The new chaincode lifecycle does not have an option to automatically call a chaincode Init function upon chaincode deployment. Instead, the new chaincode lifecycle has a mechanism to flag that chaincode initialization is required, by using the --init-required flag, and providing a --isInit flag on the peer chaincode invoke command. However, in most scenarios it is recommended to embed initialization logic into chaincode rather than use the chaincode lifecycle mechanism. Chaincode functions often perform checks against existing state, and initialization state can be implemented like any other chaincode state and be checked in subsequent chaincode function calls. Handling initialization state within chaincode logic rather than with the chaincode lifecycle mechanism has the benefit that you are not limited to a single initialization function, rather you are in full control of initialization logic and can call your own functions that initialize state from an application consistent with how all other application functions are called.

While upgrading peer nodes

Peer databases upgrade

For information about how to upgrade peers, check out our documentation on upgrading components. During the process for upgrading your peers, you will need to perform one additional step to upgrade the peer databases. The databases of all peers (which include not just the state database but the history database and other internal databases for the peer) must be rebuilt using the v2.x data format as part of the upgrade to v2.x. To trigger the rebuild, the databases must be dropped before the peer is started. The instructions below utilize the peer node upgrade-dbs command to drop the local databases managed by the peer and prepare them for upgrade, so that they can be rebuilt the first time the v2.x peer starts. If you are using CouchDB as the state database, the peer has support to automatically drop this database as of v2.2. To leverage the support, you must configure the peer with CouchDB as the state database and start CouchDB before running the upgrade-dbs command. In v2.0 and v2.1, the peer does not automatically drop the CouchDB state database; therefore you must drop it yourself.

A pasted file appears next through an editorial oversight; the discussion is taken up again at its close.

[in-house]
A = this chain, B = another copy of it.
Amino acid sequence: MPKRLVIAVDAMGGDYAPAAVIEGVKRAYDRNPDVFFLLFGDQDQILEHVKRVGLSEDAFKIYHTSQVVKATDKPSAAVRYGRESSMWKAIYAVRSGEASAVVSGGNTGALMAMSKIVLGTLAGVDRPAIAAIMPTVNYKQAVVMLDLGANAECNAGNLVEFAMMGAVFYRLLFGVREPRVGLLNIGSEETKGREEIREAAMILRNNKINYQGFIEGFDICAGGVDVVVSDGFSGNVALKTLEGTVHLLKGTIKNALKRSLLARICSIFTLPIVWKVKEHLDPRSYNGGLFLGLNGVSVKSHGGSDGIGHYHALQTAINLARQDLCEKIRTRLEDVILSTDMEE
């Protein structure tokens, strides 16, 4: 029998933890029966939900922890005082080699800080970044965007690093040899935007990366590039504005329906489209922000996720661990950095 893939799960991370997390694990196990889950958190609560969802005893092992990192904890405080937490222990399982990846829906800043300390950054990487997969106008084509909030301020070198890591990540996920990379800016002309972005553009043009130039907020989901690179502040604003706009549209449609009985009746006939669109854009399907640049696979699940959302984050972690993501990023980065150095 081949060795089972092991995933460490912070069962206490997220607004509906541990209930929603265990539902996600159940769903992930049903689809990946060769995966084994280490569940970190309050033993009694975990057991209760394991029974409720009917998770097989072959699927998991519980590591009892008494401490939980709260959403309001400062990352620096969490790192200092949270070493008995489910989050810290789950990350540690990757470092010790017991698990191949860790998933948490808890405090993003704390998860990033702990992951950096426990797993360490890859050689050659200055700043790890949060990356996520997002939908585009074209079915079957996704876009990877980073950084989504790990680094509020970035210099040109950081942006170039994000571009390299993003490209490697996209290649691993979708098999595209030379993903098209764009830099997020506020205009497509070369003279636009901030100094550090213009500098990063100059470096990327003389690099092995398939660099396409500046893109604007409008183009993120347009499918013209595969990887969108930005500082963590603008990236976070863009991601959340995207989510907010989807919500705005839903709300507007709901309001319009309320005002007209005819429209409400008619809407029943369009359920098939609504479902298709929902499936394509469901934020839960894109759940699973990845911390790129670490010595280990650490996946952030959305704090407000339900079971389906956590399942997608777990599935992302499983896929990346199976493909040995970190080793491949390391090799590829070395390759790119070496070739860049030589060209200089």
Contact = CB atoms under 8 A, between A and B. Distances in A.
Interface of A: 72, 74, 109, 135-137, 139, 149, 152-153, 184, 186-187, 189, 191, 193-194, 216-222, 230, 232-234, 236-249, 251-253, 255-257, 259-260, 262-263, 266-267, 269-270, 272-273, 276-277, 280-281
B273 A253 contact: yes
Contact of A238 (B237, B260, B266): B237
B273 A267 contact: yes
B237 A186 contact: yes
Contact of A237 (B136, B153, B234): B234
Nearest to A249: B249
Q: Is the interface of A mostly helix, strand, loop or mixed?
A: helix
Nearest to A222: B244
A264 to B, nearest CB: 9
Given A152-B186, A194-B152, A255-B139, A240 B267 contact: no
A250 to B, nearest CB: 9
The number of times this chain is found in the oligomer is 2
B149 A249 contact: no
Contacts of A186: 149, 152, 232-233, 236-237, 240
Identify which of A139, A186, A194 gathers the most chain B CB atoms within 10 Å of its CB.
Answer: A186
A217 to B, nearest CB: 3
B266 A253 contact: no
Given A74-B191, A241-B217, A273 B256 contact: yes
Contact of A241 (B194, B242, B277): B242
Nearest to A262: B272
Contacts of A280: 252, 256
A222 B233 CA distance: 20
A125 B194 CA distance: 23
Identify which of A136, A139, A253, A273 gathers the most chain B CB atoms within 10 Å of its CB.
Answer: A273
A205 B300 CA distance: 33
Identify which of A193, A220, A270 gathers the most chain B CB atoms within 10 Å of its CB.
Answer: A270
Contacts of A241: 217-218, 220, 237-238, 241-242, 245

Follow the commands to upgrade a peer until the docker run command to launch the new peer container (you can skip the step where you set an IMAGE_TAG, since the upgrade-dbs command is for the v2.x release of Fabric only, but you will need to set the PEER_CONTAINER and LEDGERS_BACKUP environment variables). Instead of the docker run command to launch the peer, run this command instead to drop and prepare the local databases managed by the peer (substitute 2.1 for 2.0 in these commands if you are upgrading to that binary version from the 1.4.x LTS):